This

**preview**shows pages 1-2. to view the full**6 pages of the document.**CHAPTER 3

MEASURING YIELD

COMPUTING THE YIELD OR INTERNAL RATE OF RETURN ON

ANY INVESTMENT

The yield on any investment is the interest rate that will make the present

value of the cash flows from the investment equal to the price (or cost) of the

investment.

Mathematically, the yield on any investment, y, is the interest rate that

satisfies the equation.

)

y + (1

C

+. . . +

)

y + (1

C

+

)

y + (1

C

+

)

y + (1

C

= P N

N

2

2

1

1

3

3

where CFt = cash flow in year t, P = price of the investment, N = number of

years. The yield calculated from this relationship is also called the internal

rate of return.

Solving for the yield (y) requires a trial-and-error (iterative) procedure. The

objective is to find the yield that will make the present value of the cash

flows equal to the price. Keep in mind that the yield computed is the yield

for the period. That is, if the cash flows are semiannual, the yield is a

semiannual yield. If the cash flows are monthly, the yield is a monthly yield.

To compute the simple annual interest rate (i.e., the APR), the yield for the

period is multiplied by the number of periods in the year.

Special Case; Investment with Only One Future Cash Flow

When the case where there is only one future cash flow, it is not necessary to

go through the time-consuming trial-and-error procedure to determine the

yield. We can solve for yield, y, using the following equation:

1 =

/1

P

CF

yn

n

.

1

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Annualizing Yields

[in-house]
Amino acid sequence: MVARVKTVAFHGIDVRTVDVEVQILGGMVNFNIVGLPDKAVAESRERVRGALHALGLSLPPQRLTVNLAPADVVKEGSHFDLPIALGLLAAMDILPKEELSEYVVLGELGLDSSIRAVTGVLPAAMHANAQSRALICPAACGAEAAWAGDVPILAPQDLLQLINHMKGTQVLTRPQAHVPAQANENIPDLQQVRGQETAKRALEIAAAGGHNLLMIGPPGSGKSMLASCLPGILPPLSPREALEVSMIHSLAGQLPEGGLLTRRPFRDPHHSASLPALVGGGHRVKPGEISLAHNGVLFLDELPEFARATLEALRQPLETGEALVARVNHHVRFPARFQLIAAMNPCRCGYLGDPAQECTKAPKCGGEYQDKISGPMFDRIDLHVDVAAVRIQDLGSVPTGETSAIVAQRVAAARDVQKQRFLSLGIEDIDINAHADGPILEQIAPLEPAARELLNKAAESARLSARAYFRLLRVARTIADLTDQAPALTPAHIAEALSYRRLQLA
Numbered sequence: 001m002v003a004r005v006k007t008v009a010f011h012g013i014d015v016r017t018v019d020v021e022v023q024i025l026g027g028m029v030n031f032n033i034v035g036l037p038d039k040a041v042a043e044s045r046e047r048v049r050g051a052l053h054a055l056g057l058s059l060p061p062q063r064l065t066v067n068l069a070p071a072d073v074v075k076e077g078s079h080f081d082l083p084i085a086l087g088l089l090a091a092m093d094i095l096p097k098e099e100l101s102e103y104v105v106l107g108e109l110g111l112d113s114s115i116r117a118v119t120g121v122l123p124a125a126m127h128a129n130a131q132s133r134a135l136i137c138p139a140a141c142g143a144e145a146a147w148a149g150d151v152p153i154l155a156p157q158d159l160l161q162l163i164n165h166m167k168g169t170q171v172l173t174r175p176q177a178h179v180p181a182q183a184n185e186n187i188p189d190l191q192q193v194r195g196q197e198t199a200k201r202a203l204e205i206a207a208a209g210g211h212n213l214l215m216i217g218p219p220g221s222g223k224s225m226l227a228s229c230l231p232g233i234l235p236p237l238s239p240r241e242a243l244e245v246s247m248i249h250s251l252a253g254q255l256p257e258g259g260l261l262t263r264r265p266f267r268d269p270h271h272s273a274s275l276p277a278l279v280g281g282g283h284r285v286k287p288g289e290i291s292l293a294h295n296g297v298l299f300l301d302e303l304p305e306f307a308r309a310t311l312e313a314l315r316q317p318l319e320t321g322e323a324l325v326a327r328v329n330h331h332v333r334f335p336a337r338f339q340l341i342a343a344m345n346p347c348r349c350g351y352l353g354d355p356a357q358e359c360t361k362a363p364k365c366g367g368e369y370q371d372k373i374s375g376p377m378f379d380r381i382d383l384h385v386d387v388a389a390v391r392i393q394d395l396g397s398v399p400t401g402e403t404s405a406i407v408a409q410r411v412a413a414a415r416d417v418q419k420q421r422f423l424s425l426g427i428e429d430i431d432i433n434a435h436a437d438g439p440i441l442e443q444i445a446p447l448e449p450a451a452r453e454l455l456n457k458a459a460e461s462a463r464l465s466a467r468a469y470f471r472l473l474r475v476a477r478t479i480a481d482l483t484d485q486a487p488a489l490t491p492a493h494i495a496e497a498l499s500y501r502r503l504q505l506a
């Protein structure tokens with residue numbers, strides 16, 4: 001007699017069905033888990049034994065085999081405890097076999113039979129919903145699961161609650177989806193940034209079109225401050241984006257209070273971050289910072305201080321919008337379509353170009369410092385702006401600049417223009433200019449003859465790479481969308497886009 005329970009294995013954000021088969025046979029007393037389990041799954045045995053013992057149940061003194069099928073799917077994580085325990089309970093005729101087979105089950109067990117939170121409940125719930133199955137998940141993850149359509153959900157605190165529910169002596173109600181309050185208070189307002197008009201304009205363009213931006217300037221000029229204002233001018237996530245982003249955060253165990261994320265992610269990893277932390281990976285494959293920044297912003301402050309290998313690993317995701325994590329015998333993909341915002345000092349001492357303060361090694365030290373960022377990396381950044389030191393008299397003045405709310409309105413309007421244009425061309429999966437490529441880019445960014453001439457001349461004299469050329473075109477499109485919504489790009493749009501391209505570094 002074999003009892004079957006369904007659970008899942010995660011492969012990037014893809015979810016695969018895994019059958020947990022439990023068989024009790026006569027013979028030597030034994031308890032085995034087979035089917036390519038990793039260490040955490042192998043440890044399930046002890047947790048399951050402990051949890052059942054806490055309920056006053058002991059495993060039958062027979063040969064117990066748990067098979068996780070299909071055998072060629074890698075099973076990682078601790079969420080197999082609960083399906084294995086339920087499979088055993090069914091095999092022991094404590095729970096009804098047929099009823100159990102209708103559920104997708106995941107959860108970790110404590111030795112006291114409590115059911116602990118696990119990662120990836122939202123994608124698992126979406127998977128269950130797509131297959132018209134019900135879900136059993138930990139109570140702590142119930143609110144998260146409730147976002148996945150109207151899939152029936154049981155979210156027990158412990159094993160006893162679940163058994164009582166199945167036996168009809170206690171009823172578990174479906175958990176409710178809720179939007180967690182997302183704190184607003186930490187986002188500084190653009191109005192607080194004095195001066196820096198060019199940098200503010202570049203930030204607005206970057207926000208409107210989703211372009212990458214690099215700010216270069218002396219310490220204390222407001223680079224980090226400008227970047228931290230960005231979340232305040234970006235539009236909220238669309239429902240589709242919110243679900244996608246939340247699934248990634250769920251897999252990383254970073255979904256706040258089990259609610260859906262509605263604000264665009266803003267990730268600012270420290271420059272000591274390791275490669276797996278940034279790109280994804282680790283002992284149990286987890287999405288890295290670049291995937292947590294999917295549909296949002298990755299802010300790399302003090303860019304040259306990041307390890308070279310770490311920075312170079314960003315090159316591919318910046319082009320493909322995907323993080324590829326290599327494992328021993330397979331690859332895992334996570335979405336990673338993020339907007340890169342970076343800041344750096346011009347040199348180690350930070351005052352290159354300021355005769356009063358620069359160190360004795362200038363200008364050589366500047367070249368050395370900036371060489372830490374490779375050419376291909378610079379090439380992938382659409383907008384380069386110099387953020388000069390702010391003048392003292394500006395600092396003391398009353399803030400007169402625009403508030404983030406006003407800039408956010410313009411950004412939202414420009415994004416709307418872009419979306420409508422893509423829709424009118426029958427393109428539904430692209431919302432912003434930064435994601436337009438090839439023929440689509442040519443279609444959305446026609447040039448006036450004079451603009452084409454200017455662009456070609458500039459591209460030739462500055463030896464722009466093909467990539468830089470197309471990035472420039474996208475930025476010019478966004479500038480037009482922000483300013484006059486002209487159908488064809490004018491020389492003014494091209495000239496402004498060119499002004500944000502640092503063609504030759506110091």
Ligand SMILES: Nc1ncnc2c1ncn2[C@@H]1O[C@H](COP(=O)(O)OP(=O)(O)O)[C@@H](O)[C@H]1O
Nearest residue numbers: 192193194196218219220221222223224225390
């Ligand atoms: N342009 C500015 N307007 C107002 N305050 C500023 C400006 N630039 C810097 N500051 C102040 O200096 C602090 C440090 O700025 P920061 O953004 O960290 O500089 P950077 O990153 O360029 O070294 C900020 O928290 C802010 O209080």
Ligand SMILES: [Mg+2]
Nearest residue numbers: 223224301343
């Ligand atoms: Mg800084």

To obtain an effective annual yield associated with a periodic interest rate,

the following formula is used: effective annual yield = (1 + periodic interest

rate)m – 1 where m is the frequency of payments per year. To illustrate, if

interest is paid quarterly and the periodic interest rate is 8% / 4 = 2%, then

we have: the effective annual yield = (1.02)4 – 1 = 1.0824 – 1 = 0.0824 or

8.24%.

We can also determine the periodic interest rate that will produce a given

annual interest rate by solving the effective annual yield equation for the

periodic interest rate. Solving, we find that: periodic interest rate = (1 +

effective annual yield)1/m – 1. To illustrate, if the periodic quarterly interest

rate that would produce an effective annual yield of 12%, then we have:

periodic interest rate = (1.12)1/4 – 1 = 1.0287 – 1 = 0.0287 or 2.87%.

CONVENTIONAL YIELD MEASURES

Yield to Maturity

The yield to maturity is the interest rate that will make the present value of

the cash flows equal to the price (or initial investment). For a semiannual

pay bond, the yield to maturity is found by first computing the periodic

interest rate, y, which satisfies the relationship:

)

y + (1

F

+

)

y + (1

C

+. . . +

)

y + (1

C

+

)

y + (1

C

+

y + (1

C

= P nn2 3

)

where P = price of the bond, C = semiannual coupon interest (in dollars), F

= maturity value (in dollars), and n = number of periods (number of years x

2).

For a semiannual pay bond, doubling the periodic interest rate or discount

rate (y) gives the yield to maturity, which understates the effective annual

yield. The yield to maturity computed on the basis of this market convention

is called the bond-equivalent yield (BEY).

It is much easier to compute the yield to maturity for a zero-coupon bond

because we can use:

1 =

/1

P

F

y

n

. Remember that n should be counted as the

2

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